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dc.contributor.authorTang, Jianboen_US
dc.contributor.authorErdener, Sefik Evrenen_US
dc.contributor.authorLi, Baoqiangen_US
dc.contributor.authorFu, Buyinen_US
dc.contributor.authorSakadzic, Savaen_US
dc.contributor.authorCarp, Stefan A.en_US
dc.contributor.authorLee, Jonghwanen_US
dc.contributor.authorBoas, David A.en_US
dc.coverage.spatialGermanyen_US
dc.date2017-07-05
dc.date.accessioned2019-09-03T19:48:02Z
dc.date.available2019-09-03T19:48:02Z
dc.date.issued2018-02
dc.identifier.citationJianbo Tang, Sefik Evren Erdener, Baoqiang Li, Buyin Fu, Sava Sakadzic, Stefan A Carp, Jonghwan Lee, David A Boas. 2018. "Shear-induced diffusion of red blood cells measured with dynamic light scattering-optical coherence tomography.." J Biophotonics, Volume 11, Issue 2, https://doi.org/10.1002/jbio.201700070
dc.identifier.issn1864-0648
dc.identifier.urihttps://hdl.handle.net/2144/37645
dc.descriptionPublished in final edited form as: J Biophotonics. 2018 February ; 11(2): . doi:10.1002/jbio.201700070.en_US
dc.description.abstractQuantitative measurements of intravascular microscopic dynamics, such as absolute blood flow velocity, shear stress and the diffusion coefficient of red blood cells (RBCs), are fundamental in understanding the blood flow behavior within the microcirculation, and for understanding why diffuse correlation spectroscopy (DCS) measurements of blood flow are dominantly sensitive to the diffusive motion of RBCs. Dynamic light scattering-optical coherence tomography (DLS-OCT) takes the advantages of using DLS to measure particle flow and diffusion within an OCT resolution-constrained three-dimensional volume, enabling the simultaneous measurements of absolute RBC velocity and diffusion coefficient with high spatial resolution. In this work, we applied DLS-OCT to measure both RBC velocity and the shear-induced diffusion coefficient within penetrating venules of the somatosensory cortex of anesthetized mice. Blood flow laminar profile measurements indicate a blunted laminar flow profile and the degree of blunting decreases with increasing vessel diameter. The measured shear-induced diffusion coefficient was proportional to the flow shear rate with a magnitude of ~0.1 to 0.5 × 10-6  mm2 . These results provide important experimental support for the recent theoretical explanation for why DCS is dominantly sensitive to RBC diffusive motion.en_US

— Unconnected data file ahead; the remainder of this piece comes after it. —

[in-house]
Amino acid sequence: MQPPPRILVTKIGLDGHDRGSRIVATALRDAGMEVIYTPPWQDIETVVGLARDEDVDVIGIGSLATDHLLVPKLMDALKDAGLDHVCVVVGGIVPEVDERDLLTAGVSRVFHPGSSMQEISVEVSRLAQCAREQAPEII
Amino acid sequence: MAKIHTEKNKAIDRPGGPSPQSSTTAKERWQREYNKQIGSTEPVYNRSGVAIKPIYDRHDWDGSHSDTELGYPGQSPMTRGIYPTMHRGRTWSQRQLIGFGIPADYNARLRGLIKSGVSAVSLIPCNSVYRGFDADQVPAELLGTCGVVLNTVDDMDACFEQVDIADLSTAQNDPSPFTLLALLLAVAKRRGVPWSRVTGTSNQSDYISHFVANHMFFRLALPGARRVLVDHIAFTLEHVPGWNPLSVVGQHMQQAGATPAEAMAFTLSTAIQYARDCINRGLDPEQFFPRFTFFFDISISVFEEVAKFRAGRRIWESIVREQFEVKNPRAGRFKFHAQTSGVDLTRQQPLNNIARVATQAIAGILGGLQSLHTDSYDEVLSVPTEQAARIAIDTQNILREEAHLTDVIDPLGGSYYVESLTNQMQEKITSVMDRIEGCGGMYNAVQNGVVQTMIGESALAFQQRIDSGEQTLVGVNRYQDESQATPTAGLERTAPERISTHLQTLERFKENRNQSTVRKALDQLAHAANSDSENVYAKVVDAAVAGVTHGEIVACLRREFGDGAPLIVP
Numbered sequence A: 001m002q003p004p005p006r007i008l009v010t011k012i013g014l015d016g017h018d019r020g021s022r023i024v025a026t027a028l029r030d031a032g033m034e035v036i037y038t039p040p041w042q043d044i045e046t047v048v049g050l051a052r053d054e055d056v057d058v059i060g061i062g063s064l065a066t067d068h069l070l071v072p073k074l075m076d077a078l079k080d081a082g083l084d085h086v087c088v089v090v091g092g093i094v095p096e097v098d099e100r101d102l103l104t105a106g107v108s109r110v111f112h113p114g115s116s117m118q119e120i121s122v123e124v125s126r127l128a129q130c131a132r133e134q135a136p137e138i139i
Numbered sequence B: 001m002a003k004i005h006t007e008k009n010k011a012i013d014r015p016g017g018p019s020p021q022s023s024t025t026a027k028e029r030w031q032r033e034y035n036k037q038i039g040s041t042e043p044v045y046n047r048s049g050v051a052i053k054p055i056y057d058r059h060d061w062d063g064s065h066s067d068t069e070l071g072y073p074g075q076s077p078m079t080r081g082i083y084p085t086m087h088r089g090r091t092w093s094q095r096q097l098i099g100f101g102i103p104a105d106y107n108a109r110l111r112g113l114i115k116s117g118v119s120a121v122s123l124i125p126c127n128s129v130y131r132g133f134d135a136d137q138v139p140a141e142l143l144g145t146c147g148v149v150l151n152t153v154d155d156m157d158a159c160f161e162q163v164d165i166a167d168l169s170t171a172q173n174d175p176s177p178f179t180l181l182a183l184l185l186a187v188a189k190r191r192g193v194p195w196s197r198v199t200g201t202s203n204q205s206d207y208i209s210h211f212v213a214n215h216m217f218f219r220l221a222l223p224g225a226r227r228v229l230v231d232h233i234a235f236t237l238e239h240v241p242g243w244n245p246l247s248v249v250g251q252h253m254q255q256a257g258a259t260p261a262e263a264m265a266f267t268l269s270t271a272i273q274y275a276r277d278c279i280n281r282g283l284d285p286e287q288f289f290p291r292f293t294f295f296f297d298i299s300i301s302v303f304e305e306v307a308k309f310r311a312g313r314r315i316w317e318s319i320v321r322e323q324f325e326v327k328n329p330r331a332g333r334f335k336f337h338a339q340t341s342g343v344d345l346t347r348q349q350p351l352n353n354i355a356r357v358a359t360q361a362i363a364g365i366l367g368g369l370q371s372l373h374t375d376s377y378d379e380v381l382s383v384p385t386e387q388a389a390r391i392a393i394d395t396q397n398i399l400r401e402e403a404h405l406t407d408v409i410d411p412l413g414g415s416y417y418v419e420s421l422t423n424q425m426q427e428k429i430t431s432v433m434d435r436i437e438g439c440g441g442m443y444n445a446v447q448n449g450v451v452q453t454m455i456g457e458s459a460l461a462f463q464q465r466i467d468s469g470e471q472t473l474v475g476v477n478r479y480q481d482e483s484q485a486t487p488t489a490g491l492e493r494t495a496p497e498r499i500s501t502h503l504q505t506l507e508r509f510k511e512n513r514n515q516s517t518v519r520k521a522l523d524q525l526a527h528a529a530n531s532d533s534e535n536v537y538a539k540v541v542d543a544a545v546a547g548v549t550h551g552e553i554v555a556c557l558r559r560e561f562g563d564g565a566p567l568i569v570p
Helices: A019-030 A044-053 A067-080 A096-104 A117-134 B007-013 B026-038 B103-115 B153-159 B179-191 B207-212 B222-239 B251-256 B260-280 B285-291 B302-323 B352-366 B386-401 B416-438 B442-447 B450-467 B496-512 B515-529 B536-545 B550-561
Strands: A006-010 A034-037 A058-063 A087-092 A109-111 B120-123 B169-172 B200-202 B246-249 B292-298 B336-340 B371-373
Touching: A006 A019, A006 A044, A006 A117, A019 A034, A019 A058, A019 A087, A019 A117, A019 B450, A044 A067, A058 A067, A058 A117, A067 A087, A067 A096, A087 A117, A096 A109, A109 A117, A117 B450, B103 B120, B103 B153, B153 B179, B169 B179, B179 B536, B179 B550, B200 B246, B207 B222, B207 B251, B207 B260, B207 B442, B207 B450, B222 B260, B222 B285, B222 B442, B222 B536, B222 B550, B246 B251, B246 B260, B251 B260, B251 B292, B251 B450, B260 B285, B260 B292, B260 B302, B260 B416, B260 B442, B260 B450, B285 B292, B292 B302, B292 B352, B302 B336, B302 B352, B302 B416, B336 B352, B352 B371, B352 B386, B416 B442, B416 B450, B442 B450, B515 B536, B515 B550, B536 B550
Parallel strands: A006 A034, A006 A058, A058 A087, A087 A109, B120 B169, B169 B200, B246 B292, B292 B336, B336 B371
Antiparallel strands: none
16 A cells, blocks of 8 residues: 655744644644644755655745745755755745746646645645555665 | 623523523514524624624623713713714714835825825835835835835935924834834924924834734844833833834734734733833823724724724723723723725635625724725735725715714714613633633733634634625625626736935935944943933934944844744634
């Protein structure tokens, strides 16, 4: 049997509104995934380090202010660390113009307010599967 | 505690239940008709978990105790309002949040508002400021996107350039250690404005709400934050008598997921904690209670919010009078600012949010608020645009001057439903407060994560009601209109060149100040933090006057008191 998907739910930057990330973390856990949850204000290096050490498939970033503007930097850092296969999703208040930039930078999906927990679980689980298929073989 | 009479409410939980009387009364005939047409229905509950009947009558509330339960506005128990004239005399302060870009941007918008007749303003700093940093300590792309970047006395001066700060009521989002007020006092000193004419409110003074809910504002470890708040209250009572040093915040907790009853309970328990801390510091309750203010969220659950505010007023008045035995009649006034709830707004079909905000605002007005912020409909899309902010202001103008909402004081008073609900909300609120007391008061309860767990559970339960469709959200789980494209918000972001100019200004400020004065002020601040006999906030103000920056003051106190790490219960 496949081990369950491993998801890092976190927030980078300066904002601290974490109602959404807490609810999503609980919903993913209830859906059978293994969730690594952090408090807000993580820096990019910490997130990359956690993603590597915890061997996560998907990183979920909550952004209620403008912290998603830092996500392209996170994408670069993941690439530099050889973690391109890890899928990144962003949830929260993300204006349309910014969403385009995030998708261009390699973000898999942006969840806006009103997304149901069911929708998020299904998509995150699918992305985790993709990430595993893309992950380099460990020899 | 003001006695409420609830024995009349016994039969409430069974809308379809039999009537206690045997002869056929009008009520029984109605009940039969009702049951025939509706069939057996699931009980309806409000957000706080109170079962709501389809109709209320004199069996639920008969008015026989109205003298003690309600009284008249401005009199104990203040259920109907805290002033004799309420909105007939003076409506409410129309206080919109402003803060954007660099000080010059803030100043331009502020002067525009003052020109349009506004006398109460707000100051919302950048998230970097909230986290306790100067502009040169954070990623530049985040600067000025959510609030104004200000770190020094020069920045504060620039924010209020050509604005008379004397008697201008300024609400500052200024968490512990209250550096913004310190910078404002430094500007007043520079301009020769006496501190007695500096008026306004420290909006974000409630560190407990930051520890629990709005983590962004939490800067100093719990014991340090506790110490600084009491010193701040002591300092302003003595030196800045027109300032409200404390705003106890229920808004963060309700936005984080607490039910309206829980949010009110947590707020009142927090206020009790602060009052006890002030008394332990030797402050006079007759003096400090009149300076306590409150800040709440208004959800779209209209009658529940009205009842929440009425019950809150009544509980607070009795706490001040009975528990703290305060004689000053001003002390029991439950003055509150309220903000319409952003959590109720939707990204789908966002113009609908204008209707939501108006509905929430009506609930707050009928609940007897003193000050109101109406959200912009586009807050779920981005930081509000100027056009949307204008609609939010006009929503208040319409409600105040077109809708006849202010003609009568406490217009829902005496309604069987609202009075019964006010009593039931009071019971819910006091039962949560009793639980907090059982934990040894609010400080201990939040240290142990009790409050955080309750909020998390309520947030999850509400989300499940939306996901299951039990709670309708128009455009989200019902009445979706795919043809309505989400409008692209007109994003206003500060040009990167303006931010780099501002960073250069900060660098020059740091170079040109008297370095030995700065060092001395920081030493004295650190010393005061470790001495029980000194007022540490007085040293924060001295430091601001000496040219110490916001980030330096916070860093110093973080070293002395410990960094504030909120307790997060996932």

dc.description.sponsorshipR01 NS091230 - NINDS NIH HHS; R01 EB021018 - NIBIB NIH HHS; P01 NS055104 - NINDS NIH HHS; S10 RR023043 - NCRR NIH HHS; P41 EB015896 - NIBIB NIH HHS; R01 MH111359 - NIMH NIH HHSen_US
dc.description.urihttps://www.ncbi.nlm.nih.gov/pubmed/28700129
dc.languageeng
dc.relation.ispartofJ Biophotonics
dc.subjectBlood flow and radial profileen_US
dc.subjectDynamic light scattering optical coherence tomographyen_US
dc.subjectShear-induced diffusion of RBCen_US
dc.subjectAlgorithmsen_US
dc.subjectAnimalsen_US
dc.subjectBiomechanical phenomenaen_US
dc.subjectDiffusionen_US
dc.subjectDynamic light scatteringen_US
dc.subjectErythrocytesen_US
dc.subjectFemaleen_US
dc.subjectMechanical phenomenaen_US
dc.subjectMiceen_US
dc.subjectTomography, optical coherenceen_US
dc.subjectOptoelectronics & photonicsen_US
dc.titleShear-induced diffusion of red blood cells measured with dynamic light scattering-optical coherence tomographyen_US
dc.typeArticleen_US
dc.identifier.doi10.1002/jbio.201700070
pubs.elements-sourcepubmeden_US
pubs.notesEmbargo: No embargoen_US
pubs.organisational-groupBoston Universityen_US
pubs.organisational-groupBoston University, College of Engineeringen_US
pubs.organisational-groupBoston University, College of Engineering, Department of Biomedical Engineeringen_US
pubs.publication-statusPublisheden_US
dc.identifier.orcid0000-0002-6709-7711 (Boas, David A)
dc.description.oaversionAccepted manuscript
dc.identifier.mycv250371


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